Tips From Podiatrists on Getting a Safe Pedicure in Coronavirus Times

The COVID-19 crisis has put lots of everyday pleasures on hold — including pedicures. As salons open around the country, many Americans may be embracing the idea of a day of feet pampering.

While there are many safety measures spas and salons must adhere to these days to meet CDC guidelines — and put customers’ angst at ease, too — consumers can act as their own watchdogs when considering a pedicure.

Here, FN has tapped the advice of New York podiatrists Dr. Jacqueline Sutera, a member of Vionic footwear’s Innovation lab team, and Dr. Miguel Cunha, a podiatric surgeon with Gotham Footcare, for safety tips to consider before booking an appointment.

On The Surface

The virus can live on surfaces — albeit for short periods of time — that are not properly disinfected between customer-sessions such as tables, chairs, and instruments, warns Dr. Cunha. Make sure the salon has the necessary time between appointments to properly clean and disinfect furniture and tools. “We need to be concerned about the transmission of COVID on top of the infections that have always been an issue,” she advised, referring to fungal infections, such as athlete’s foot, as well as viral infections that cause warts.

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Keep Your Distance

Curtains, barriers, or acrylic shields, should be erected between work stations, in order to distance clients from one another, as well as technicians. Make sure employees wash their hands and use hand sanitizer before their services.

Water Works

For salons that offer whirlpool treatments, Dr. Sutera suggests avoiding direct contact with the whirlpool due to the possibility of picking up a bacterial, fungal or viral infection. For Dr. Cunha, whirlpool foot baths should be avoided altogether, as overgrowth of fungi can occur in the filters, making it difficult to clean properly between patrons. “With these jacuzzi style foot baths the infection can spread quickly from patient to patient as the system recirculates the water continuously,” he said. “Choose a nail salon that uses plastic tub liners or bring your own. These plastic tub liners cover the walls of the tub, allowing you to feel the sensation of the water without coming into contact with the actual basin that can expose oneself to bacteria and fungus.”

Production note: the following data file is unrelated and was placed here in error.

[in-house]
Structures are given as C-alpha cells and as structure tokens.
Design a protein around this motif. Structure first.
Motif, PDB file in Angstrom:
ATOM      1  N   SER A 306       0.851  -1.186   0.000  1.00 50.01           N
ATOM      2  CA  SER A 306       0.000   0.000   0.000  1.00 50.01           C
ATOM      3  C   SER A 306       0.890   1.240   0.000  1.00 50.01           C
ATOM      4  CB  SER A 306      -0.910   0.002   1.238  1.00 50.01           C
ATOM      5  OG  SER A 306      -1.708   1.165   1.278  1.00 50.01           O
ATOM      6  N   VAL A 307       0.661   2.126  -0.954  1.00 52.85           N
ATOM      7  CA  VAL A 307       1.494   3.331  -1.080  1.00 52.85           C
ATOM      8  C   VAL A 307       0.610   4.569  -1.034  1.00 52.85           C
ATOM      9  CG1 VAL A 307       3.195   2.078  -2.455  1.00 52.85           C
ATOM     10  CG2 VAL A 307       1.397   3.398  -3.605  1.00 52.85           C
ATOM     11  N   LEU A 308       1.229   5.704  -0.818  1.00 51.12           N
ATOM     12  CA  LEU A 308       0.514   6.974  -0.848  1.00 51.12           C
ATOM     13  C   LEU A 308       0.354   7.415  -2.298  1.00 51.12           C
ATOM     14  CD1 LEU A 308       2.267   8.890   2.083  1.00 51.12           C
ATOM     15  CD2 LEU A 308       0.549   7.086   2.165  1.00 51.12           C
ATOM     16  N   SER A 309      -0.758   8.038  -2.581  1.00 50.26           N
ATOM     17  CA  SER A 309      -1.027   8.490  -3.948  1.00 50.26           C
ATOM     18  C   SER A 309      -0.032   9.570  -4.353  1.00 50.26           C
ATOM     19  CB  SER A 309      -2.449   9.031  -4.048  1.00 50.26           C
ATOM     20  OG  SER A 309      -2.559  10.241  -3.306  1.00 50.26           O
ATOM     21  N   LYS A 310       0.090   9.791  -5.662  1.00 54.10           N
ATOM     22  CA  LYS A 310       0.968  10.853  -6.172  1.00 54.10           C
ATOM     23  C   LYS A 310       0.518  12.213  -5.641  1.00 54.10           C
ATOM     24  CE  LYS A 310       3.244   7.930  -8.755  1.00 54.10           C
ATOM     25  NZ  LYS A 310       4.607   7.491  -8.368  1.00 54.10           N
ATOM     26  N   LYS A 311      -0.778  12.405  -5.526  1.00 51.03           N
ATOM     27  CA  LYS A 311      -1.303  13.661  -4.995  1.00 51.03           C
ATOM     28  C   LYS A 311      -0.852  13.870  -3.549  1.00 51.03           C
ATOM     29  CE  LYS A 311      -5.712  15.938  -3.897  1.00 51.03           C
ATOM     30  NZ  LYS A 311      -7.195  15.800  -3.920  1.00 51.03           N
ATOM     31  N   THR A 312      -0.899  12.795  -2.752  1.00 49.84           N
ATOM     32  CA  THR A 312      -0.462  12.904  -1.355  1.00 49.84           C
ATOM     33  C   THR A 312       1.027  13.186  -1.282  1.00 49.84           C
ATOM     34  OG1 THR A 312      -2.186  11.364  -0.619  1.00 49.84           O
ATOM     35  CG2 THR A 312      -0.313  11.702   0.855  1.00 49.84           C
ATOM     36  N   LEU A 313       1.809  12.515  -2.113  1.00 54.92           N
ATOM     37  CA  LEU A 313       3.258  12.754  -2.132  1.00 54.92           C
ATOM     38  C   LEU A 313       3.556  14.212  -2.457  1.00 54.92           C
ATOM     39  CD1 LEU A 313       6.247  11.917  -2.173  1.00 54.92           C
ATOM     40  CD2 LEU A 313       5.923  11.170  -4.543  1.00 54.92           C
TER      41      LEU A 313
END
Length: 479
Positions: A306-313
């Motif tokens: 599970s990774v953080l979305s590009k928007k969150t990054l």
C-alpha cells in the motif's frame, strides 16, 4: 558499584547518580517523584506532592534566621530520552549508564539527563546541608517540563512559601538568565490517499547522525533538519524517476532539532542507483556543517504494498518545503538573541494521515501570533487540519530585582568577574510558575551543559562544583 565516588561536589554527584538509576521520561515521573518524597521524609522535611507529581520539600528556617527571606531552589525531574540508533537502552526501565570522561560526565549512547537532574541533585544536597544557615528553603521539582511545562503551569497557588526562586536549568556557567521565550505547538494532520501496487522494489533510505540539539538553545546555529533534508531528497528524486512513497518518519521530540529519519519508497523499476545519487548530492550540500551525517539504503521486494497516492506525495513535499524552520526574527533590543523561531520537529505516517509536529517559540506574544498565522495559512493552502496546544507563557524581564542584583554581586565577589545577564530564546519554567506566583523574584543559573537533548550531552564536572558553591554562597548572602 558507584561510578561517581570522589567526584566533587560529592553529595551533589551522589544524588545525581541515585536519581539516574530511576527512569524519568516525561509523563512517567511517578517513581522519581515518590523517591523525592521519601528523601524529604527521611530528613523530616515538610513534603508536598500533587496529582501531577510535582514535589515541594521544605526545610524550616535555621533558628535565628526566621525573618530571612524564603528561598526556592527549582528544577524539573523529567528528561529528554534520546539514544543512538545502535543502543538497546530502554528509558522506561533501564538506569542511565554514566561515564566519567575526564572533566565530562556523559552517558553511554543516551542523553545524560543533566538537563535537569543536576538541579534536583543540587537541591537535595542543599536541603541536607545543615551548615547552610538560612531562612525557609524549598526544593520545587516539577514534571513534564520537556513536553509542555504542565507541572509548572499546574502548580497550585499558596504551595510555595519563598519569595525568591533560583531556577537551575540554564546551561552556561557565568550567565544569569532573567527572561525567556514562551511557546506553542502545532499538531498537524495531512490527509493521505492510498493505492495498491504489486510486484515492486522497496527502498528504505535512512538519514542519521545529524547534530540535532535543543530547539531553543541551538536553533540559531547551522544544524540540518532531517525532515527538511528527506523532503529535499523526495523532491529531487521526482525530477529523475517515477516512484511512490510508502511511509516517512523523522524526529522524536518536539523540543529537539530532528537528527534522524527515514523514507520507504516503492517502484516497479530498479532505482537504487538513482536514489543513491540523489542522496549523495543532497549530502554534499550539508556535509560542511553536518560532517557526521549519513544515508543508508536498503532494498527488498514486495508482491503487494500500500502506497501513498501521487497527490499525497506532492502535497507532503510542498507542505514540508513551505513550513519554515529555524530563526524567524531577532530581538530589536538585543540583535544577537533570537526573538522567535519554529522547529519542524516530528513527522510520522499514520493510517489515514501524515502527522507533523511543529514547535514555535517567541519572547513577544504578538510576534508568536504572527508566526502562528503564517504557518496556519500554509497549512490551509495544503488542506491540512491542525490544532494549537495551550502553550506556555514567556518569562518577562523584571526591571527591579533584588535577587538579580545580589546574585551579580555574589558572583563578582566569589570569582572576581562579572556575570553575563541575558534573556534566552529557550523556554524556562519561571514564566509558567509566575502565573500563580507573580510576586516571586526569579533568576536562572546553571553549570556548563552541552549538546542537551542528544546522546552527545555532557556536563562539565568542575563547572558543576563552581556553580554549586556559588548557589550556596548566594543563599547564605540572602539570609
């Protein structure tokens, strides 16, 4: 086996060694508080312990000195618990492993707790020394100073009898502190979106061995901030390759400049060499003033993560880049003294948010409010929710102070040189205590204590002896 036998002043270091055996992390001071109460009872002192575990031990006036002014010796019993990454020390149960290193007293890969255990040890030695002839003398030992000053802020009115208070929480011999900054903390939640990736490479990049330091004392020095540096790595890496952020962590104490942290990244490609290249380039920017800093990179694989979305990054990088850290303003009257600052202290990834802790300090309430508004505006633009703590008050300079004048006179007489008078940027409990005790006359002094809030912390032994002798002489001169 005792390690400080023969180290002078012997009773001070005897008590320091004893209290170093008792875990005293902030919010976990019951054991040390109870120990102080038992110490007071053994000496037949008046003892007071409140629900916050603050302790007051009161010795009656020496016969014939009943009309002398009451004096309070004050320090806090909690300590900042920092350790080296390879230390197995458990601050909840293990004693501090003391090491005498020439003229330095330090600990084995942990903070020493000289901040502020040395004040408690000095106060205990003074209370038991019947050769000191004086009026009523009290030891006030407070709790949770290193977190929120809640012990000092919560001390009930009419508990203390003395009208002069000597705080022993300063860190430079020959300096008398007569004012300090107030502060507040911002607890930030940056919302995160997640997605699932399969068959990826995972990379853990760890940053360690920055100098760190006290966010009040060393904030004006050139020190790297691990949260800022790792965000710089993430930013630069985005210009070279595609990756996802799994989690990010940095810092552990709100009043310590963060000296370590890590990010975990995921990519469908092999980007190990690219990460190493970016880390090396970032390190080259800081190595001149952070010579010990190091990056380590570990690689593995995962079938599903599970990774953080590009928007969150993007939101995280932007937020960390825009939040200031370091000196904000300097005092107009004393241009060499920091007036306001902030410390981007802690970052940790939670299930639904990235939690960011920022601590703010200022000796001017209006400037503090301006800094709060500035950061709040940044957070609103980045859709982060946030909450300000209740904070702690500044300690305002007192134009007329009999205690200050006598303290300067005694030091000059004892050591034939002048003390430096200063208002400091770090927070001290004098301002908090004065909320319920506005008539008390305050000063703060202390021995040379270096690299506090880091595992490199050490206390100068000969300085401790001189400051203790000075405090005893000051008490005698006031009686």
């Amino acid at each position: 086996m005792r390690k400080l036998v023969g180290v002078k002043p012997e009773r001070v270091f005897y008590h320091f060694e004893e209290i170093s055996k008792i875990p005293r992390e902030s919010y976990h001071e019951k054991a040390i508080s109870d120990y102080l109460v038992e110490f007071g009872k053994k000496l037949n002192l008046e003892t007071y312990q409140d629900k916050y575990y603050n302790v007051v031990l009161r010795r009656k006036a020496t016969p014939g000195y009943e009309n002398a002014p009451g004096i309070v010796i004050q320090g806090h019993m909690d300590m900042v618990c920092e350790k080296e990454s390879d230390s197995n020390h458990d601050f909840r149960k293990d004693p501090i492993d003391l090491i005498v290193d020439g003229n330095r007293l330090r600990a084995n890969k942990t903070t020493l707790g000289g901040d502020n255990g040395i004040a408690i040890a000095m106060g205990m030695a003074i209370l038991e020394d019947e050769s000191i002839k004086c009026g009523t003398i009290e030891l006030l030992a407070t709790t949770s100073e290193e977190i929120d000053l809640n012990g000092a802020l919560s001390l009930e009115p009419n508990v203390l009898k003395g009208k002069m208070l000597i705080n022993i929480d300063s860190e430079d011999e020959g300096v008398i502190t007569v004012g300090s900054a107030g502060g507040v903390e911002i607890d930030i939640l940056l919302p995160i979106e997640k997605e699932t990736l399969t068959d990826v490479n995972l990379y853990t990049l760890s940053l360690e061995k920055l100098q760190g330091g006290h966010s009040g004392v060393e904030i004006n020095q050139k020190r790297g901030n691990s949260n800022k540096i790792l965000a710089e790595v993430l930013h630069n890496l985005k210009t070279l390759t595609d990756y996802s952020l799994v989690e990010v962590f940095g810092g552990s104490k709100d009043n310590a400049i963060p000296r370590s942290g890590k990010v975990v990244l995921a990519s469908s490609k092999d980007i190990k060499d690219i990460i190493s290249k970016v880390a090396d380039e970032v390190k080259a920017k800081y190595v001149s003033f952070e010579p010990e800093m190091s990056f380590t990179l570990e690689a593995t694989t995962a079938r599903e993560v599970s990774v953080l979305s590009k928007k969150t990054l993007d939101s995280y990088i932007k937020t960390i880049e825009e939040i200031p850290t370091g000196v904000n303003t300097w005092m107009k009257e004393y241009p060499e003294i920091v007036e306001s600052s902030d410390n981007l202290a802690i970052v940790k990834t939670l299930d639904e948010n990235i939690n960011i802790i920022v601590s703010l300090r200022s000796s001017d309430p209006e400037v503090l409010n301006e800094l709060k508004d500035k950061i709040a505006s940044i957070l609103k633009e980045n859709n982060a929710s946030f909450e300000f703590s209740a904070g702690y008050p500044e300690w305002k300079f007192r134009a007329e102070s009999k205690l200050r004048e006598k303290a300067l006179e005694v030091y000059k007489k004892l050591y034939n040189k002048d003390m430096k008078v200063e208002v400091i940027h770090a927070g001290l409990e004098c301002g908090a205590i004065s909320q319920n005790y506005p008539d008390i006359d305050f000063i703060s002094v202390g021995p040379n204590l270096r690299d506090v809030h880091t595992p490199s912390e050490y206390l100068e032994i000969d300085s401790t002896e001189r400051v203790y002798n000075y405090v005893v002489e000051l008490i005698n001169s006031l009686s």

Tools of the Trade

To further protect yourself, Dr. Cunha advises making sure the pedicurist uses new utensils to avoid contracting any fungus or bacteria that could lead to Athlete’s Foot or Plantar’s Warts. “I also would not allow them to cut my cuticles or toenails to avoid potential infections or ingrown nails,” he said. “Also consider bringing your own tools such as a pumice stones, toe separators and nail files since this equipment is porous you cannot sterilize it effectively. Or, request that the salon use the disposable ones and open the package in front of you to ensure it was never used before.” He added, “For all other metal equipment such as metal files or nail clippers an autoclave is a must to effectively sterilize.”

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